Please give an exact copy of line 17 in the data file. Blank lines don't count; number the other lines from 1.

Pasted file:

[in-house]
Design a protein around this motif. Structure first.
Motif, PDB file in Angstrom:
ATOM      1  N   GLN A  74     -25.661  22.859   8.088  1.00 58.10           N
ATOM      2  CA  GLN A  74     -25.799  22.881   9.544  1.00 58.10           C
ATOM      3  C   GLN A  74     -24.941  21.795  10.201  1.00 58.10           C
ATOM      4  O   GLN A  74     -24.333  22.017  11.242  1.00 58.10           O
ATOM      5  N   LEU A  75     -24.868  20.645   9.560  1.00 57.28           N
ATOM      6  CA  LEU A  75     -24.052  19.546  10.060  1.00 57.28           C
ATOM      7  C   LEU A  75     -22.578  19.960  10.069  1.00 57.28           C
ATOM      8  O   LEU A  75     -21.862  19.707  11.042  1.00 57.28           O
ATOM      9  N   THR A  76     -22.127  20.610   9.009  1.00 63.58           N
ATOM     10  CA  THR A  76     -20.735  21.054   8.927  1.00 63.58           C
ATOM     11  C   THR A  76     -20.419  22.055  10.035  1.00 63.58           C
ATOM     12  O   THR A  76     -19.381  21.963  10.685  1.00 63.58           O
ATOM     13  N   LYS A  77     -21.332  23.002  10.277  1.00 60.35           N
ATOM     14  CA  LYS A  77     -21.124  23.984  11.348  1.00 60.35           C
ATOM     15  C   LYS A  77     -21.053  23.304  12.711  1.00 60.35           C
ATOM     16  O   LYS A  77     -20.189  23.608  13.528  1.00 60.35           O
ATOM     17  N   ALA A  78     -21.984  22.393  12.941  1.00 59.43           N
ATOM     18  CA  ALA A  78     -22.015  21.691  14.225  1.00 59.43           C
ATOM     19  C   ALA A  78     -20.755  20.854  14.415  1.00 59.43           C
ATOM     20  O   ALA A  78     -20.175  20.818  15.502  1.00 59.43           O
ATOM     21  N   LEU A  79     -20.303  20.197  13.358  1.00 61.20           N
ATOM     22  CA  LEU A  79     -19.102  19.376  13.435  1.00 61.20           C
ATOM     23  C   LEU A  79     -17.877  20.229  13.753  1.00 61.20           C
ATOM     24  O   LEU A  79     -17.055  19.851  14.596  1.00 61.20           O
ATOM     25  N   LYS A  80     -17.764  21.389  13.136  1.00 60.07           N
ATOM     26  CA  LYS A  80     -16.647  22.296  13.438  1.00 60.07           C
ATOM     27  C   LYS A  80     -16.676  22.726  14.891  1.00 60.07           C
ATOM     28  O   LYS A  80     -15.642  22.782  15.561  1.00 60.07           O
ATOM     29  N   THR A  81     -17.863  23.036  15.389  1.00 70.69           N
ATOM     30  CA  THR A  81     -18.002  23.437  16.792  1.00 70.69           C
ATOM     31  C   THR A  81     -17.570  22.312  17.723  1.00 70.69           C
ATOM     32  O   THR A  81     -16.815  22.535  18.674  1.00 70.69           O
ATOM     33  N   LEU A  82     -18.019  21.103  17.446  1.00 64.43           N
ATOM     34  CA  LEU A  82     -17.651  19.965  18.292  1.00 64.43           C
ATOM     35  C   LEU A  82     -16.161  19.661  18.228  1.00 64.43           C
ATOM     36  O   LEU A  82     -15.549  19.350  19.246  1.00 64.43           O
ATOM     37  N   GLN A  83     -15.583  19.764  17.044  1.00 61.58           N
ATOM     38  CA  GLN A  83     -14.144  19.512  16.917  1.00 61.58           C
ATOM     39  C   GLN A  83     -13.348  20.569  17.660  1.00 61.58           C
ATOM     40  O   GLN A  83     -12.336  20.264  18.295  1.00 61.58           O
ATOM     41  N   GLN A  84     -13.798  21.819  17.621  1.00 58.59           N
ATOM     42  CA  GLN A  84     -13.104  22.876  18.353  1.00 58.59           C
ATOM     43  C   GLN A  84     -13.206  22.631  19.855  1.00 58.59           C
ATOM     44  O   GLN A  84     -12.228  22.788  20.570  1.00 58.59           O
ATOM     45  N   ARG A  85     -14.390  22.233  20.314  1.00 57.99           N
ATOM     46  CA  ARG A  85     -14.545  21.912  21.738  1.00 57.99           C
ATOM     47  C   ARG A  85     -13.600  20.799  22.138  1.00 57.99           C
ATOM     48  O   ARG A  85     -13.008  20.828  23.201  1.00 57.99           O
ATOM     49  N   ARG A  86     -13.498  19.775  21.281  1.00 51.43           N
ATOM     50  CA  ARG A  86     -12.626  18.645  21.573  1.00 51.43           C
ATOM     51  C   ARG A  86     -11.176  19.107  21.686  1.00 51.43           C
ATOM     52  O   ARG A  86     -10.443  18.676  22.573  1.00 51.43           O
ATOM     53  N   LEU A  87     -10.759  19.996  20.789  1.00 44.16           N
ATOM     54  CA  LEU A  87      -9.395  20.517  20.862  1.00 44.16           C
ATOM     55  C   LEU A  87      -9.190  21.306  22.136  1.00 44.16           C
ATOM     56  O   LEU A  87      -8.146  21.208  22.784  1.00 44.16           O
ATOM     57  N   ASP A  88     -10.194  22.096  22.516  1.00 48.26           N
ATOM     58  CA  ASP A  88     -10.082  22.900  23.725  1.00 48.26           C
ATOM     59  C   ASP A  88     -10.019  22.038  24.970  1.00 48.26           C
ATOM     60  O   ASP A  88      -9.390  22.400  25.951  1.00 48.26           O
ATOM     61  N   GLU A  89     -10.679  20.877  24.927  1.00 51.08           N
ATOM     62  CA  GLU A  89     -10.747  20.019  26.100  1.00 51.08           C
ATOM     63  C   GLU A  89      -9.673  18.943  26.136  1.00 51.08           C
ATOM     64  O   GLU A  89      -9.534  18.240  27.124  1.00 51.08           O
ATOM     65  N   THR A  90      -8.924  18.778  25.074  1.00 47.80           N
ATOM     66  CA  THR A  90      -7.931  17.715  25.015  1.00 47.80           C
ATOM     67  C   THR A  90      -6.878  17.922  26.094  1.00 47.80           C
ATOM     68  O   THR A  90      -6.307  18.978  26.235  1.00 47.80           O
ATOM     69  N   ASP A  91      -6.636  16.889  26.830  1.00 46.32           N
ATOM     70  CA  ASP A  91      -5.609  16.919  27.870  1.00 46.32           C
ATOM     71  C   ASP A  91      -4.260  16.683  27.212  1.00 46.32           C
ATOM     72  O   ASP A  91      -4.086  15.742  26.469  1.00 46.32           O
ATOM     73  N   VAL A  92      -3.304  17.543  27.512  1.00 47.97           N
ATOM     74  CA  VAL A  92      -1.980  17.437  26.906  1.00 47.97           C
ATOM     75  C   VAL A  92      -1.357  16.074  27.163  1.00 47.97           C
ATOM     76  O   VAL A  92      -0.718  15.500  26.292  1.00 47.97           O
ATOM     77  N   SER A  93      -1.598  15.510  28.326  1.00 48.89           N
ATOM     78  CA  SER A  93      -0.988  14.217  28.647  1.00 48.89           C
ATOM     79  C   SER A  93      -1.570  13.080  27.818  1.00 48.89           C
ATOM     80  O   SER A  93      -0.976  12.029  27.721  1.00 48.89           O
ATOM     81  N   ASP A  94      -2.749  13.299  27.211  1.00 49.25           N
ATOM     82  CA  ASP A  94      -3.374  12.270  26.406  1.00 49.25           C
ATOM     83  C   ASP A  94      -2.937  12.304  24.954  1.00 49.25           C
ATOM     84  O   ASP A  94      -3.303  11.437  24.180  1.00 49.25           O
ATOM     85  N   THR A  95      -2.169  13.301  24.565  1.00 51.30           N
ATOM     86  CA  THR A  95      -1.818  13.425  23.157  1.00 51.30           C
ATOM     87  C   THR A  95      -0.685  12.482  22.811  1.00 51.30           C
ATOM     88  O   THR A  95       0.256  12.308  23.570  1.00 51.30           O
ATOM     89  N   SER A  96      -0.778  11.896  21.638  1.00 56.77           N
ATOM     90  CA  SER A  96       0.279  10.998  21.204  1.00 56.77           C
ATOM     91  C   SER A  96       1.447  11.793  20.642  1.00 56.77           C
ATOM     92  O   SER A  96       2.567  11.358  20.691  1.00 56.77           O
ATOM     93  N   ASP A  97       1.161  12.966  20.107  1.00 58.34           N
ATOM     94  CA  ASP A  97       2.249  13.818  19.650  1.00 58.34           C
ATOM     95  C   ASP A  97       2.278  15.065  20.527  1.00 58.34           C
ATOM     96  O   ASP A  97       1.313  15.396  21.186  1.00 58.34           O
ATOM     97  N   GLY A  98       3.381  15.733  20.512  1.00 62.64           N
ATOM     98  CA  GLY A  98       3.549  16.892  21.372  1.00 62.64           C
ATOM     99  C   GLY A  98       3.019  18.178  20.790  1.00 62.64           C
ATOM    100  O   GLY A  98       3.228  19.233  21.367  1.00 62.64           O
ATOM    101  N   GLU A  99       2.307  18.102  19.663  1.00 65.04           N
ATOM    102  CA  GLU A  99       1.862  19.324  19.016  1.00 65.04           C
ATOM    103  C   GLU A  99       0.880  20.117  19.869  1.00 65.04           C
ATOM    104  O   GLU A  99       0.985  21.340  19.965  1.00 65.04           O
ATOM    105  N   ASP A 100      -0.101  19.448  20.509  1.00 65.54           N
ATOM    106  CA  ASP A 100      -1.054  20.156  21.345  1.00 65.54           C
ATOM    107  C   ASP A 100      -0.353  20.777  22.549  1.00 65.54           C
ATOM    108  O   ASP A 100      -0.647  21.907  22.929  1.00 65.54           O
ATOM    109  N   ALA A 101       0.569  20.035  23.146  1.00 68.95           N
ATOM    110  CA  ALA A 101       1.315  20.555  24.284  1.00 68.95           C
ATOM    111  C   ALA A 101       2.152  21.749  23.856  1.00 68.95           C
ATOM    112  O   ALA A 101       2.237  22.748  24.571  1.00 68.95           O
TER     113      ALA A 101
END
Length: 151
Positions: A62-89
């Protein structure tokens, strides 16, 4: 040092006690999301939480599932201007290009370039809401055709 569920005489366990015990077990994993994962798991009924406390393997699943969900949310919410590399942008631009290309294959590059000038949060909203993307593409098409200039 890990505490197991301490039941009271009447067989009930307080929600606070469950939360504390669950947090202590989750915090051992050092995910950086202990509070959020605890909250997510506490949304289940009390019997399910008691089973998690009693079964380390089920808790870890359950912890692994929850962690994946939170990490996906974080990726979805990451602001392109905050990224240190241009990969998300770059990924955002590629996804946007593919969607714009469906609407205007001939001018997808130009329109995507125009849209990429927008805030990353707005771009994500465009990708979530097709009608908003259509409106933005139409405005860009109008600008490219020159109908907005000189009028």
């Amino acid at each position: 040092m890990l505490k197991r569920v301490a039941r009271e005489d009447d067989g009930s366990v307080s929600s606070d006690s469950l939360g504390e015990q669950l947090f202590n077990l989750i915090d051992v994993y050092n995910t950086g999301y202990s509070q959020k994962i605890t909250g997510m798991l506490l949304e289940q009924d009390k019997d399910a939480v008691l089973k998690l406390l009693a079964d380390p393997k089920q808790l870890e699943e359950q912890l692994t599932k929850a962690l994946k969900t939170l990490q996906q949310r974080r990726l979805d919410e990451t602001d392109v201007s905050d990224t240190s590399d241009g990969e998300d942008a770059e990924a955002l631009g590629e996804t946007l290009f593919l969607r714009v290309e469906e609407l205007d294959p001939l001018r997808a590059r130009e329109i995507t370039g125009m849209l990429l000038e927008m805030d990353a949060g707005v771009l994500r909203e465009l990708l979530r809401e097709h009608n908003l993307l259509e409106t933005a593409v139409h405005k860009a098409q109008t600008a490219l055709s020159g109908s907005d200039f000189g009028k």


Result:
ATOM     14  CA  LYS A  77     -21.124  23.984  11.348  1.00 60.35           C